SPIEGEL: You describe an increasingly atomised society that has trouble defending its freedoms. The anti-Europeans, on the other hand, aren't just loud – more than anything, they are united.
Tillmans: There are some similarities between the far left and the far right when it comes to certain authoritarian and anti-semitic traits. But in terms of social policy, the liberal model has been winning for the last 60 years, despite the cries of naysayers. This drives certain groups of white men crazy.
SPIEGEL: Does our liberal culture spend too little time talking about its achievements, or is it not finding the right words and symbols to convey them? And isn't it up to artists like you to do that?
Tillmans: Actually, yes, but we had a completely different experience in our youth. Things that polarised were considered cool. Today we are suddenly realising that sharing and negotiating, that is, things that are completely uncool, are necessary if we're to continue living safely in the future. On the other hand, controversy, aggression and testosterone are easier to sell in a capitalist system. War films do better at the box office than movies about helpfulness and solidarity. It's mostly older women who provide cohesion in our society. And they do it without giving big speeches. They're really the ones who should be considered the coolest of all!
SPIEGEL: Was your generation too apolitical?
Tillmans: I wouldn't say so. The Love Parade was always described as apolitical, but was it really? Techno generated a very real experience of international understanding. In 1992, the year of the Maastricht treaty, my colleagues at the London magazine i-D and I were excited about the fact that we were dancing to one beat – and not in a conformist sense. It was voluntary and temporary. It is true, however, that 20 years ago I simply couldn't have imagined that someone would have evil intentions towards me and my way of life. Perhaps that was a mistake.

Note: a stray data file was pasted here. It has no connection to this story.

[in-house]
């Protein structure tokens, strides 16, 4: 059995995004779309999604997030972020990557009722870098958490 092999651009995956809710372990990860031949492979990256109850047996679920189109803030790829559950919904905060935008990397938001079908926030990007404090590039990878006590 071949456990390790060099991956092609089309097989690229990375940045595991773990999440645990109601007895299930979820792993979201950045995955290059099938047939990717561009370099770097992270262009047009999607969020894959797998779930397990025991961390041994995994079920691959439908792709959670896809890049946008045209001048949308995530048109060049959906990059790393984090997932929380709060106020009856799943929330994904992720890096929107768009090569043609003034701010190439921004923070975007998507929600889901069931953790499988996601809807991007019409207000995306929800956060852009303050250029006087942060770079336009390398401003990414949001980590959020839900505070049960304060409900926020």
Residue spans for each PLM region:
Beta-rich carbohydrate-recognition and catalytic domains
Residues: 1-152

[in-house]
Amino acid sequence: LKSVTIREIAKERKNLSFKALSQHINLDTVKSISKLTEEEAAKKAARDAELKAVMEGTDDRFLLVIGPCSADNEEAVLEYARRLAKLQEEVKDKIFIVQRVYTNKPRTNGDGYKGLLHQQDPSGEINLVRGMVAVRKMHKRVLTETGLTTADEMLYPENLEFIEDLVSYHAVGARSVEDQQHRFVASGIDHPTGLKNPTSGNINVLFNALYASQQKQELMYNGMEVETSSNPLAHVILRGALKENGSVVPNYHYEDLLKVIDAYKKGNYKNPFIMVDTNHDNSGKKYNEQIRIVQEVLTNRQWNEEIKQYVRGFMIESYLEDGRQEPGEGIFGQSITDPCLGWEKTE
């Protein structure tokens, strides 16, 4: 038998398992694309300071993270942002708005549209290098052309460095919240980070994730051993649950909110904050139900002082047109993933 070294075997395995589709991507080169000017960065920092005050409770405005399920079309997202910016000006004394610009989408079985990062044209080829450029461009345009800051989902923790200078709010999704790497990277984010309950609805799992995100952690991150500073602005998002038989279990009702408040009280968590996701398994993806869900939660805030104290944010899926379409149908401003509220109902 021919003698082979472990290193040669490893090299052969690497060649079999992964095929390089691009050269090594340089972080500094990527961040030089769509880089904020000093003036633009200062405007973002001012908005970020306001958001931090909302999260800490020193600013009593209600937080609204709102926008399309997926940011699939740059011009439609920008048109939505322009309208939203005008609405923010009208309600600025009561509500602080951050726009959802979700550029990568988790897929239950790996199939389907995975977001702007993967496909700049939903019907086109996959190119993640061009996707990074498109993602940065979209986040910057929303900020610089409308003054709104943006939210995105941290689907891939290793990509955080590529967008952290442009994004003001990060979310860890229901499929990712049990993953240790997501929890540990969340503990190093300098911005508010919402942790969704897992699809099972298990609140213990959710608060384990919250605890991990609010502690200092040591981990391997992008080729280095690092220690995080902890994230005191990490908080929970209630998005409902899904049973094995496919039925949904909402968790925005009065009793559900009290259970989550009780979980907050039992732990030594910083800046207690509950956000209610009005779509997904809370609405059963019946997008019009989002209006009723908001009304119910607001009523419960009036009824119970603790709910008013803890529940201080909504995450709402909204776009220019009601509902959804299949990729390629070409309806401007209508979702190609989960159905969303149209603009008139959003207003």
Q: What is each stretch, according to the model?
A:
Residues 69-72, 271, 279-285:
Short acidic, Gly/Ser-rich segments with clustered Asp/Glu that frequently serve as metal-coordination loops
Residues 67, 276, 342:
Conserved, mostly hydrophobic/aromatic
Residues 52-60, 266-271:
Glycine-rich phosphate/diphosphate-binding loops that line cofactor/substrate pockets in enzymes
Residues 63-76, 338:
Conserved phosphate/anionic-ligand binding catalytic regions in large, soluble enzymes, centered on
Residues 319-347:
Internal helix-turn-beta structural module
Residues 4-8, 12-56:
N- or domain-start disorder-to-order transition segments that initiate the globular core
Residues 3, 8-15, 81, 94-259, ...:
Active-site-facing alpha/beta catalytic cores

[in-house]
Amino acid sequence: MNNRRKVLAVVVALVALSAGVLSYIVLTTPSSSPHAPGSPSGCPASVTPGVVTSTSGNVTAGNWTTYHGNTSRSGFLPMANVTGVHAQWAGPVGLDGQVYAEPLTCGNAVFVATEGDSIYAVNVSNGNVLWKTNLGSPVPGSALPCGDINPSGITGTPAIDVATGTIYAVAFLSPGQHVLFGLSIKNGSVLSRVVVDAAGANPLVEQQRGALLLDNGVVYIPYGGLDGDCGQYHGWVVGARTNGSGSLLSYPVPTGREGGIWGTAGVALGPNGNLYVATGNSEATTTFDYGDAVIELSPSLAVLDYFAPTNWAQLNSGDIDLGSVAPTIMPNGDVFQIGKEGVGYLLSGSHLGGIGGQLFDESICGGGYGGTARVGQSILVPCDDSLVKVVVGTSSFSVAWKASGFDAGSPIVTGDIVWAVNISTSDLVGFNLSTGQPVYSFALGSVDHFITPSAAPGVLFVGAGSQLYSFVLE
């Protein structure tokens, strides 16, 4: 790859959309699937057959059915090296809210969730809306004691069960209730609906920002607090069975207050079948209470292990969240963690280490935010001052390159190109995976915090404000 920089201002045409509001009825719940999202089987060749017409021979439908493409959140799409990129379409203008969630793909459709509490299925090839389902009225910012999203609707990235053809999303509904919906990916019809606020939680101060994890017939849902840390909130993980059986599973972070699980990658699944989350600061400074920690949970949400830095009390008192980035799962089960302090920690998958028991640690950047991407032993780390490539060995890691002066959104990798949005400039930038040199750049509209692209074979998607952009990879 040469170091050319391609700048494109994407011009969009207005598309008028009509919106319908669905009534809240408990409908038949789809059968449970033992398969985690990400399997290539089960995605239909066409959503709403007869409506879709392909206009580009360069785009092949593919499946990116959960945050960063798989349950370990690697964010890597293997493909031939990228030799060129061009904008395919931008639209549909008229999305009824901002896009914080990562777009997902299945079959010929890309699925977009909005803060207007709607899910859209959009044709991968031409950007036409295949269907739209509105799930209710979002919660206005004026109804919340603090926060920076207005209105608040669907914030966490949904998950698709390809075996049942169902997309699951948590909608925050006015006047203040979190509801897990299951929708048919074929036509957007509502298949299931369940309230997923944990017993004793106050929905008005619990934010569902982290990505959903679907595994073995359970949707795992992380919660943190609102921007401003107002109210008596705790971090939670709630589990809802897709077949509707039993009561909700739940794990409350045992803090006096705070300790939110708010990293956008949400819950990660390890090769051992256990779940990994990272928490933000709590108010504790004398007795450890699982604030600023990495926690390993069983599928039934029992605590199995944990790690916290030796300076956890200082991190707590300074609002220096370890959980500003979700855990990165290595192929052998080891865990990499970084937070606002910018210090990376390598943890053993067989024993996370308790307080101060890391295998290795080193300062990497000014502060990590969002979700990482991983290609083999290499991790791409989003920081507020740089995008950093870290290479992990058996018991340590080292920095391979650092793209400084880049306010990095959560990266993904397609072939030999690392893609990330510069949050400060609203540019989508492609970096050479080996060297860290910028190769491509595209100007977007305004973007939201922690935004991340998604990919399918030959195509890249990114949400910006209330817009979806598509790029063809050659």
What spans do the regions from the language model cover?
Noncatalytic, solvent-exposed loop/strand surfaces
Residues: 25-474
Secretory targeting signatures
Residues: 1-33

SPIEGEL: Aren't you describing the EU a little too positively? Take the issue of press freedom, for example. It's under pressure in many EU countries – in Viktor Orbán's Hungary and Jarosław Kaczyński's Poland, for example.
Tillmans: It's true that the EU is being attacked from within and from outside. But anyone can read about what the EU stands for in the charter of fundamental rights. For instance, countries that want EU membership have to abolish the death penalty. That describes a consensus that I view as the European centre, and this consensus is intact. I'm not saying that what we have now is perfect. It's totally normal that when 28 people sit down at one table, things are sometimes arduous. But what would be the alternative?
SPIEGEL: You wrote the following on a poster: "Flawed? Yes. Slow? Yes. Attractive? Uhh." You're admitting that many people often view Brussels bureaucracy as annoying?